Batteries have emerged as a critical front in China’s campaign to be the global leader in electric vehicles, but foreign auto makers and experts say it is rigging the market to favor domestic suppliers.
Tianjin Lishen Battery Co. here in eastern China recently agreed to sell its battery packs to Kia Motors for the EVs the South Korean company makes in China and is now in talks to supply General Motors , Mercedes-Benz and Volkswagen , a supervisor for the Chinese company said.
But that is largely because Tianjin Lishen has little foreign competition.
Foreign batteries aren’t banned in China, but auto makers must use ones from a government-approved list to qualify for generous EV subsidies. The Ministry of Industry and Information Technology’s list includes 57 manufacturers, all of them Chinese.
California lawmakers have proposed more taxes and fees in the first half of the 2017-18 legislative session than in all of 2015 or 2016. If each proposal became law, the tax burden in California would increase by more than $373 billion per year. To put this in context, all revenue in the 2017-18 State Budget is expected to bring in $178.4 billion.
One of the few great inescapable facts in the field of economics is the reality of the business cycle. No matter how high-flying an economy might appear, another recession is coming sooner or later. It can be difficult, if not impossible, to regularly predict when one might occur, or how severe it may be, but recessions and their place in the business cycle are an accepted fact of economic life. Therefore, preparing for recessions is an equally inescapable concept.
It has been more than eight years since the end of the last recession, the third longest period of expansion in U.S. history, and many are rightfully beginning to look ahead to the next economic downturn. However, one of the most effective ways to look forward is to look back and make sure that we have adequately learned the lessons of the Great Recession. Nowhere is this type of postmortem more appropriate than for state and local governments.
Issi Romem, buildzoom.com's chief economist has made a valuable contribution to the growing literature on the severe unaffordability of housing in a number of US metropolitan areas. The disparities between the severely unaffordable metropolitan areas (read San Jose, San Francisco, Los Angeles, Portland, Seattle, Portland, Denver, Miami, New York, Boston, Sacramento and Riverside-San Bernardino) and the many more affordable areas in America are described in
"Paying For Dirt: Where Have Home Values Detached From Construction Costs". Romem points out that: "In the expensive U.S. coastal metros, home prices have detached from construction costs and can be almost four times as high as the cost of rebuilding existing structures." "Paying for dirt" refers to the ballooning land costs that now comprise an unprecedented part of house values, such as in the severely unaffordable metropolitan markets above. This has created an environment where affordability is impossible. In many of these metropolitan areas, a modest house commands an exorbitant price well beyond the financial capacity of most middle income households. Land has become so expensive that it doesn't matter what is built on it, whether the average house or a tent, the price will be too high. The market distortions are so great that Romem is able to show that, for example, the average house value in Columbus, Ohio, a delightful metropolitan area, is less than the average land value per lot in Portland (Oregon).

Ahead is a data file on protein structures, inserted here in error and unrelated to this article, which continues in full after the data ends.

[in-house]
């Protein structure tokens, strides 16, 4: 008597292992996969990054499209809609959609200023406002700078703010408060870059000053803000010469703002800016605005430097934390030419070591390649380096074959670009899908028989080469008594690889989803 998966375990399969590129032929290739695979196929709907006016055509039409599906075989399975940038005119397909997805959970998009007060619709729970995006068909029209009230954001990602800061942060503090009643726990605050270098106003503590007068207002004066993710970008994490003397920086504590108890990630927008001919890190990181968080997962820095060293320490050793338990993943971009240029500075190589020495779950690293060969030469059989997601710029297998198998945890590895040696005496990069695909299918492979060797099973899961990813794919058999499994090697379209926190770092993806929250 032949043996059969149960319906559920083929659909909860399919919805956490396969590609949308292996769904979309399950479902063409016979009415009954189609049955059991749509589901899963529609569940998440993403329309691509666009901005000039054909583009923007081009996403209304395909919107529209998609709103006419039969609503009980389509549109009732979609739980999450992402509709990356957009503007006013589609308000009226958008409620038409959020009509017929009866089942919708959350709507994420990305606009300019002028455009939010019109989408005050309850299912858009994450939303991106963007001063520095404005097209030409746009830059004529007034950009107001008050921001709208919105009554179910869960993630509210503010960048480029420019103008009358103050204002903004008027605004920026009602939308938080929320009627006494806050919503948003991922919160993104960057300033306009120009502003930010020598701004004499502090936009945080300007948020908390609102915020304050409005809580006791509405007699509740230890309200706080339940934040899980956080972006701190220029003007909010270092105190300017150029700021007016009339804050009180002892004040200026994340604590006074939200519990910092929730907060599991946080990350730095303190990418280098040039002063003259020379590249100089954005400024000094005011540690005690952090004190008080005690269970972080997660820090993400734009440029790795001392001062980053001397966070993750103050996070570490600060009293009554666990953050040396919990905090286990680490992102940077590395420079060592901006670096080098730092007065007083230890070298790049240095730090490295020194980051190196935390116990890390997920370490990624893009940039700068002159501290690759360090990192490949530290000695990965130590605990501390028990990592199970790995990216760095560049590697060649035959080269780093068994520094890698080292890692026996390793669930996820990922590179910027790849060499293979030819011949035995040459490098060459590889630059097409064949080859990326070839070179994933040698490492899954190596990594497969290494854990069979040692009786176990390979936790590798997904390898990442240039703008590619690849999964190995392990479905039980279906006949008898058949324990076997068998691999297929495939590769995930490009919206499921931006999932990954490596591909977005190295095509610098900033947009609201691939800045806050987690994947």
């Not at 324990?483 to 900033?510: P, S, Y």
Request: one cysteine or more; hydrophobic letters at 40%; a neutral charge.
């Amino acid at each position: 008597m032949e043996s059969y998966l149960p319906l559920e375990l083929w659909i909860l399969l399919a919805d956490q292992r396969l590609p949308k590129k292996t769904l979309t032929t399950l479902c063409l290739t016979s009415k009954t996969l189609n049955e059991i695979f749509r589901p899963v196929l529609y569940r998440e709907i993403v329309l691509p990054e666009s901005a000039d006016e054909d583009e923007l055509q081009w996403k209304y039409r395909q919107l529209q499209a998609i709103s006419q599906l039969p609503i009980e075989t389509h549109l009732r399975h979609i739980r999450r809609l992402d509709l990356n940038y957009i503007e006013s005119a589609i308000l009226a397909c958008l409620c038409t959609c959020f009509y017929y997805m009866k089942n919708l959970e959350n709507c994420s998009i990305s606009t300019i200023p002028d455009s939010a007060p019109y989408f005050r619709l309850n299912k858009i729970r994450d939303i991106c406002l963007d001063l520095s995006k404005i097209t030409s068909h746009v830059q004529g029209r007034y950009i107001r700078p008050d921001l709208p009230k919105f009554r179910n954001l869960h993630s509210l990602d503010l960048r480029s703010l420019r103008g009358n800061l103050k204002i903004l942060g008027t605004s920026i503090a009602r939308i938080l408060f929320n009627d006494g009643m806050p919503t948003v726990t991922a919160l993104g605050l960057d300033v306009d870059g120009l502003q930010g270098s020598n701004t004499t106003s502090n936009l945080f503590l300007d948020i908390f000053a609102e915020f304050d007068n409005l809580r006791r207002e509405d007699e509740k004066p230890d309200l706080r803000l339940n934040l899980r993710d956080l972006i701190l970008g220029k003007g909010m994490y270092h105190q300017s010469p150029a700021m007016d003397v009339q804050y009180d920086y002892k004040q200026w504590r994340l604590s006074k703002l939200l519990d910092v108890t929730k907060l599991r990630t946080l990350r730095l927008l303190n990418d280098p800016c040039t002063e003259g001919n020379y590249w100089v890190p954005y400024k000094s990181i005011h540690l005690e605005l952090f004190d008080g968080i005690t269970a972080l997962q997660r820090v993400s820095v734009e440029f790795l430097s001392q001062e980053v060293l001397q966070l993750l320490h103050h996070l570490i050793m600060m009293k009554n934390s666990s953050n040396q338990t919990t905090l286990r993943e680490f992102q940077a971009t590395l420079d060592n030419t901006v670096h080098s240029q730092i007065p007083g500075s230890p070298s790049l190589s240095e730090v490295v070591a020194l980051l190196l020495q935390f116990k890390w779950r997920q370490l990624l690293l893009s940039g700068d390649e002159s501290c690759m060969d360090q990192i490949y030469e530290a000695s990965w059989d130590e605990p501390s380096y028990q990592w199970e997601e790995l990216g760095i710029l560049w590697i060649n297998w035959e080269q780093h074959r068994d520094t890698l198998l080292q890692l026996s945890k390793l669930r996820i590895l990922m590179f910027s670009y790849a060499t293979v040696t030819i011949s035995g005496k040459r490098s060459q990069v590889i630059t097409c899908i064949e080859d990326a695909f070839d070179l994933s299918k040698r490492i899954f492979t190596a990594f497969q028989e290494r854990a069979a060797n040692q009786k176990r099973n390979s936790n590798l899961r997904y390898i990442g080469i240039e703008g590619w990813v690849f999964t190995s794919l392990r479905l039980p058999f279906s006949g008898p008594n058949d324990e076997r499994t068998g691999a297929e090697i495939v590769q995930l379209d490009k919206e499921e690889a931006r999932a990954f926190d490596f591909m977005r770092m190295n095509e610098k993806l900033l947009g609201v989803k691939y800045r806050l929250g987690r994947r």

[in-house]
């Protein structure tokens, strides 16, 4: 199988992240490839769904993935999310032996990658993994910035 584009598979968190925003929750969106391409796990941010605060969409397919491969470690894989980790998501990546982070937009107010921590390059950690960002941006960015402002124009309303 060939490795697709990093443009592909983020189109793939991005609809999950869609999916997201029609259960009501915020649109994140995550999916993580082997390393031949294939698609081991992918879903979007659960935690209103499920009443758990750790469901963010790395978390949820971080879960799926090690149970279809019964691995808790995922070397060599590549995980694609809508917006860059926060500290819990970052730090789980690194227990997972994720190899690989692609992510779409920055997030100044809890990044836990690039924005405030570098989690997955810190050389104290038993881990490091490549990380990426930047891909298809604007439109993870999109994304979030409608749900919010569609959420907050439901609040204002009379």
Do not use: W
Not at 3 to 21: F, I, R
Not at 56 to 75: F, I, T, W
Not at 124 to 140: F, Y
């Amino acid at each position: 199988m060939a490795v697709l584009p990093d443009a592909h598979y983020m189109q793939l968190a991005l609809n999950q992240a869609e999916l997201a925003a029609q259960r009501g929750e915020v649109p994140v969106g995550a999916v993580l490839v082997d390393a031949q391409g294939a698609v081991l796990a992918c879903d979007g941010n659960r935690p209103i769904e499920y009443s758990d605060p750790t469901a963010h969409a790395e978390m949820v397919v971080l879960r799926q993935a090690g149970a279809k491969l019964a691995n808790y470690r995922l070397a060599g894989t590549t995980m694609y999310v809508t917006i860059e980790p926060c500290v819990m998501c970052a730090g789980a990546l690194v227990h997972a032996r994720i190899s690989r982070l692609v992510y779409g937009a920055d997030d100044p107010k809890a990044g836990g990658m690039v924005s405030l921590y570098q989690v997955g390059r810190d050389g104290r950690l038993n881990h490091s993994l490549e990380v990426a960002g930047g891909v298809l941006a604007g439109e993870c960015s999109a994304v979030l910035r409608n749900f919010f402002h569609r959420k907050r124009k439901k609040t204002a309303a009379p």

When California’s Gov. Jerry Brown signed a 10-year extension of the state’s cap-and-trade program this summer, it was heralded as a rebuke of President Trump, who had just announced he would withdraw the U.S. from the Paris Climate Accord. While the nation was failing on climate change, the story went, states could succeed. The trouble is that California could leak—like a sieve.
In the decade since Mr. Brown’s predecessor, Gov. Arnold Schwarzenegger, first signed the Global Warming Solutions Act, the cap-and-trade program has done little to abate carbon emissions, let alone planetary warming. Under the law, companies in California that emit carbon in their production processes must secure scarce permits for the right to do so. The theory is that this creates an incentive to invest in green power and energy efficiency.
Yet the law’s designers still have not confronted the central conundrum of trying to impose a state or regional climate policy: As firms compete for a limited supply of carbon permits, they are put at a disadvantage to out-of-state rivals. Production flees the state, taking jobs and tax revenues with it. Emissions “leak” outside California’s cap to other jurisdictions.